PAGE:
Eating for the season: Invite Fall to your kitchen table

 

Thank you to our intro to solids/raising a healthy eater and cooking class nutrition teacher Virginia Watkins for sharing with us her insights for the season:

While the change of seasons in Northern California tends to be subtle when it comes to weather, the new foods each season brings are distinctive and exciting.  This month, say good-bye to summer tomatoes, corn, and berries and hello to local apples, winter squash, and brussel sprouts.

Not only are these new foods a nice change on the palate, they also offer different and beneficial nutritional profiles.  Even if your child loves blueberries, for example, make a point to learn about which fruits are in season now, and introduce those to her. Be sure you prepare some for yourself, too, so that you can converse about these new smells, textures, and flavors.

I recommend using Cuesa’s seasonal produce charts as a guide (link http://www.cuesa.org/eat-seasonally/charts/vegetables). Also, plan a visit to your local farmer’s market to get inspired to try something seasonal and maybe new to you, too!

 

The squash in this soup is sweet soothing and a great source of beta-carotene. Combined with rich broth, coconut milk, and spices, you’re giving yourself a great-tasting immune boost. Ginger is a warming herb and digestive aid. The coconut milk is a healthy source of fat that contains anti-microbial properties – think flu fighter.

Butternut Squash Soup

The squash in this soup is sweet soothing and a great source of beta-carotene. Combined with rich broth, coconut milk, and spices, you’re giving yourself a great-tasting immune boost. Ginger is a warming herb and digestive aid. The coconut milk is a healthy source of fat that contains anti-microbial properties – think flu fighter.

 

2-3lbs, about 4 cups butternut squash, or other winter squash such as kabocha or acorn

1 medium yellow onion

2 Tbs extra virgin olive oil

1 tsp coriander

1 tsp dried ginger

Sea salt

2 cups homemade chicken stock, or more for a thinner soup

3Ž4 cup coconut milk

1 lime (optional, citrus can be introduced at 8 months)

 

Preheat oven to 375 degrees. Place whole squash in oven and cook 25 minutes or until soft. Be sure to check at the narrower, neck end of the squash. (This can be done a day in advance.) Let squash cool, peel, cut in half, and scoop out seeds. Roughly chop.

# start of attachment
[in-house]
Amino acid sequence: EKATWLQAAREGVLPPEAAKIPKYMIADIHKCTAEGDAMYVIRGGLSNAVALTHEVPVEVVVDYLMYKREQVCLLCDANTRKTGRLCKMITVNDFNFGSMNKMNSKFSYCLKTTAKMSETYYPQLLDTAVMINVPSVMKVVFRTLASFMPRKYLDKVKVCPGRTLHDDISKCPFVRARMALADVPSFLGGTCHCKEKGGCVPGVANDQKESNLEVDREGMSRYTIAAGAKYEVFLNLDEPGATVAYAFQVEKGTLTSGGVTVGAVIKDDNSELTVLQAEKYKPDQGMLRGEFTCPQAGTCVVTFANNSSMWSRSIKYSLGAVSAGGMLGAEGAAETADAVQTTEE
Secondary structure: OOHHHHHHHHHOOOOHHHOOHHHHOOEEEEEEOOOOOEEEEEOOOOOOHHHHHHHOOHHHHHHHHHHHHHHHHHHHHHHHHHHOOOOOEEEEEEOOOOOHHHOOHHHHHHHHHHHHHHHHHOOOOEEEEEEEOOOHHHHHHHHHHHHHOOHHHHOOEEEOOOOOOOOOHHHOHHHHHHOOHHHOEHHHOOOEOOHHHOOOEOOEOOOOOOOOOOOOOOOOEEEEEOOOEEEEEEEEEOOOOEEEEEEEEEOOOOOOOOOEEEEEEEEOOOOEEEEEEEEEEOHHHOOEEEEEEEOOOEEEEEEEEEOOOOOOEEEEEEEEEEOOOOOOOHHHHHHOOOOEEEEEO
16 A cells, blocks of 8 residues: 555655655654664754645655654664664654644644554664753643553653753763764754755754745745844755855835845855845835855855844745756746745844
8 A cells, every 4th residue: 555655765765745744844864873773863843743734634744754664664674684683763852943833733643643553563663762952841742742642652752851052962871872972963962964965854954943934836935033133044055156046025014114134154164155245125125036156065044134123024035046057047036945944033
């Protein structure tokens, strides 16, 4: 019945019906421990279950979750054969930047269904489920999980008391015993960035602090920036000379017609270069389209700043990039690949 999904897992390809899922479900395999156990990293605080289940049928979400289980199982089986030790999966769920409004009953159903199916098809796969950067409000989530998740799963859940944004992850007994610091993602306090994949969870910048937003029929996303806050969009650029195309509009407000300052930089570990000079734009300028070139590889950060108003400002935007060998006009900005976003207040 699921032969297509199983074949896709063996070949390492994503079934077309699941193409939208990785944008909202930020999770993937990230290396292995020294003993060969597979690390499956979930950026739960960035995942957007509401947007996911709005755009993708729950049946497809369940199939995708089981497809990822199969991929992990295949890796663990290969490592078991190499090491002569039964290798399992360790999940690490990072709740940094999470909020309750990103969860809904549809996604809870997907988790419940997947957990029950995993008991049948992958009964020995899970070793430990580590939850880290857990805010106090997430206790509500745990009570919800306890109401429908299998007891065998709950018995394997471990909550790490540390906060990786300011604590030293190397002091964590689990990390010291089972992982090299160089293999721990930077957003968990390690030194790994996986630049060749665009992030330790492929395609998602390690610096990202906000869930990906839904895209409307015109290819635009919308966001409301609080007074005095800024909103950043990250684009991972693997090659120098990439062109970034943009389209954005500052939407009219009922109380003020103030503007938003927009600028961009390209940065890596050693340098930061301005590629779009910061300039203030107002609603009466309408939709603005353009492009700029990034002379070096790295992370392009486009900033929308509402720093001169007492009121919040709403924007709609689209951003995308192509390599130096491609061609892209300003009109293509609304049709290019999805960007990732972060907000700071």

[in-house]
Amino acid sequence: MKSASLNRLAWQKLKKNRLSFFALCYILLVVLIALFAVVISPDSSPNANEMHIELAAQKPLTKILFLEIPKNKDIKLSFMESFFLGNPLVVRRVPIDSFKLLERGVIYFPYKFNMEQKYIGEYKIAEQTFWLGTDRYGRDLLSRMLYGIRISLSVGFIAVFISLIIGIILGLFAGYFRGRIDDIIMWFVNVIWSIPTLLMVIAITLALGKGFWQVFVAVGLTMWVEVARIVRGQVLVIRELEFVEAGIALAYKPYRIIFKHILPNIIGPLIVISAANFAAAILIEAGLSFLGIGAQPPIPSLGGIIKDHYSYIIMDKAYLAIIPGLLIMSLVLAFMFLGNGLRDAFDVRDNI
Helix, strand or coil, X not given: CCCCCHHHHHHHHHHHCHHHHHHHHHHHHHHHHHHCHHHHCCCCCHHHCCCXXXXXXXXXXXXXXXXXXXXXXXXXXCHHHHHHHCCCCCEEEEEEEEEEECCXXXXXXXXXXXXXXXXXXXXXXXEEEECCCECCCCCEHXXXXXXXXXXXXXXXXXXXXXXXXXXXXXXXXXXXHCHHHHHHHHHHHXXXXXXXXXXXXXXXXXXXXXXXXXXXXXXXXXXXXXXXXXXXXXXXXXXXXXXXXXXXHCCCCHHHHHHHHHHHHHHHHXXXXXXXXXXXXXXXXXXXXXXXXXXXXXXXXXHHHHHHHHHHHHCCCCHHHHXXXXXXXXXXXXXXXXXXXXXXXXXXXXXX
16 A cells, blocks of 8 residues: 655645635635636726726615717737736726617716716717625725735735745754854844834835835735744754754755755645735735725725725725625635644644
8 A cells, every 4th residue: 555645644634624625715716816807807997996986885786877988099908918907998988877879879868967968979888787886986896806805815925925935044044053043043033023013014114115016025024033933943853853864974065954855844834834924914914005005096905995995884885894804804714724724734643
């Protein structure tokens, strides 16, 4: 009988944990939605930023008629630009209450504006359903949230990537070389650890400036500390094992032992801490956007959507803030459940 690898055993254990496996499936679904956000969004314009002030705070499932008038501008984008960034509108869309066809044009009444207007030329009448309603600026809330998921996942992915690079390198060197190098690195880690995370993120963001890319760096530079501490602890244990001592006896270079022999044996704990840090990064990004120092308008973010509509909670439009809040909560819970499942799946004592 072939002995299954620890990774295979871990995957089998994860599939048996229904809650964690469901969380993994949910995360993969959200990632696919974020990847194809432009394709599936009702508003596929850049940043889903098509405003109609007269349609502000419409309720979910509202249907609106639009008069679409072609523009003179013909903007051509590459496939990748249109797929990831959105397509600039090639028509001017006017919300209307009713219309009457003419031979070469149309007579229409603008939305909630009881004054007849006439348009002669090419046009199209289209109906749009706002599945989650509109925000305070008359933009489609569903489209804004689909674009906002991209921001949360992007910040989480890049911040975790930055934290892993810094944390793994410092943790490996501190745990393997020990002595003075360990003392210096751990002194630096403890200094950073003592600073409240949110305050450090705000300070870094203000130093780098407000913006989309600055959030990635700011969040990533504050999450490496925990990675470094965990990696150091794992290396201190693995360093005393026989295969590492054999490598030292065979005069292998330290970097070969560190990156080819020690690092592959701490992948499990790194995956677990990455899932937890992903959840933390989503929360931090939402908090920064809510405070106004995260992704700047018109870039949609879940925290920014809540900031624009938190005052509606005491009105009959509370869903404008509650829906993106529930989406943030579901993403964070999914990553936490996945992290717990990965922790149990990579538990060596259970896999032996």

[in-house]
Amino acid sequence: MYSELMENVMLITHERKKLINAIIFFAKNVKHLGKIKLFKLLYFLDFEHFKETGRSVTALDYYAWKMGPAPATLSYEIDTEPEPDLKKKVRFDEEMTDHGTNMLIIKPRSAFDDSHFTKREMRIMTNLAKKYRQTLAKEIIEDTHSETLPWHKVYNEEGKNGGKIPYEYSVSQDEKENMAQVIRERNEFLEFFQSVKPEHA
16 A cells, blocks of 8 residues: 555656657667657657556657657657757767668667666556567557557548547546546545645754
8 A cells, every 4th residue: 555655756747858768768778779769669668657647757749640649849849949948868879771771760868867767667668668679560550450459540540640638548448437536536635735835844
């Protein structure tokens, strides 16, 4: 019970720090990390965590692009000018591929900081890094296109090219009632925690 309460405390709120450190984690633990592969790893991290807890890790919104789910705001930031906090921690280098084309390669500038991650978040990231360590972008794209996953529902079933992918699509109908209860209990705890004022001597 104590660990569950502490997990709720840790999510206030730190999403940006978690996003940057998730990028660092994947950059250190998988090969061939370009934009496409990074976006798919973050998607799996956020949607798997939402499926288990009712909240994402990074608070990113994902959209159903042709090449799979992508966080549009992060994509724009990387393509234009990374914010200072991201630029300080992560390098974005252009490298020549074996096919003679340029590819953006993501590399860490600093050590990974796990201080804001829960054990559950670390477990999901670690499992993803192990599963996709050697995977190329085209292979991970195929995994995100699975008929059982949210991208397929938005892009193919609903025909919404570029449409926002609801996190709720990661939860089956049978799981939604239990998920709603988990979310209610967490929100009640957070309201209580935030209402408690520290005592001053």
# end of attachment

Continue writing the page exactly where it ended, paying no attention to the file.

Peel onion and finely chop.

 

Heat olive oil over medium heat in a large saucepan and add onion. Season with 1Ž2 tsp sea salt and saute until golden. Add cooked and chopped squash, coriander, and ginger, and sauté a minute longer.

 

Add chicken stock, coconut milk, and another 1Ž2 tsp sea salt, and bring to a simmer.

 

Using a hand-held blender, puree contents of pot until smooth. Alternatively, add contents of pot in a few batches to a stand-up blender and blend until smooth. (This is a fun time to involve toddlers who love to push the button and hear the motor run.)

 

Ladle into bowls and serve with a wedge of lime. Alternatively, add the juice of a lime to the pot while blending.

 

Serving suggestions

v Omit coriander, ginger, coconut milk and lime. Replace with 1 tsp dried thyme, 3Ž4 cup cream, and 1Ž2 tsp nutmeg.

v For a sweeter soup, add one apple, peeled, cored, and sliced in quarters. Cook covered in the oven with the squash until soft. Add to pan at the same time as the squash.

 

 

Virginia Watkins completed her post-graduate studies in Nutrition Education at Bauman College in Berkeley, CA. While an undergraduate at Duke University, she studied French cooking in Montpellier, France, continuing an early fascination with food. In 1996, she began working at the American Institute of Wine & Food in San Francisco; Virginia helped create and manage projects ranging from ingredient tastings to a children’s garden project. Subsequently, she spent seven years working for Niman Ranch, the leading brand in the sustainable meat industry. As a National Retail Sales manager, she worked closely with customers such as Trader Joe’s and Whole Foods. She is also the mother of a two well-fed boys, ages six and nine.

In addition to working with individuals and families to improve nutrition and health, Virginia has spoken to hundreds of people in community talks, leads a recurring 6-week cleanse, and teaches cooking classes to adults and preschoolers.

Please contact her at virginia@vwnutrition.com or 415 385 6538 if you are interested in improving your own or your family’s nutrition.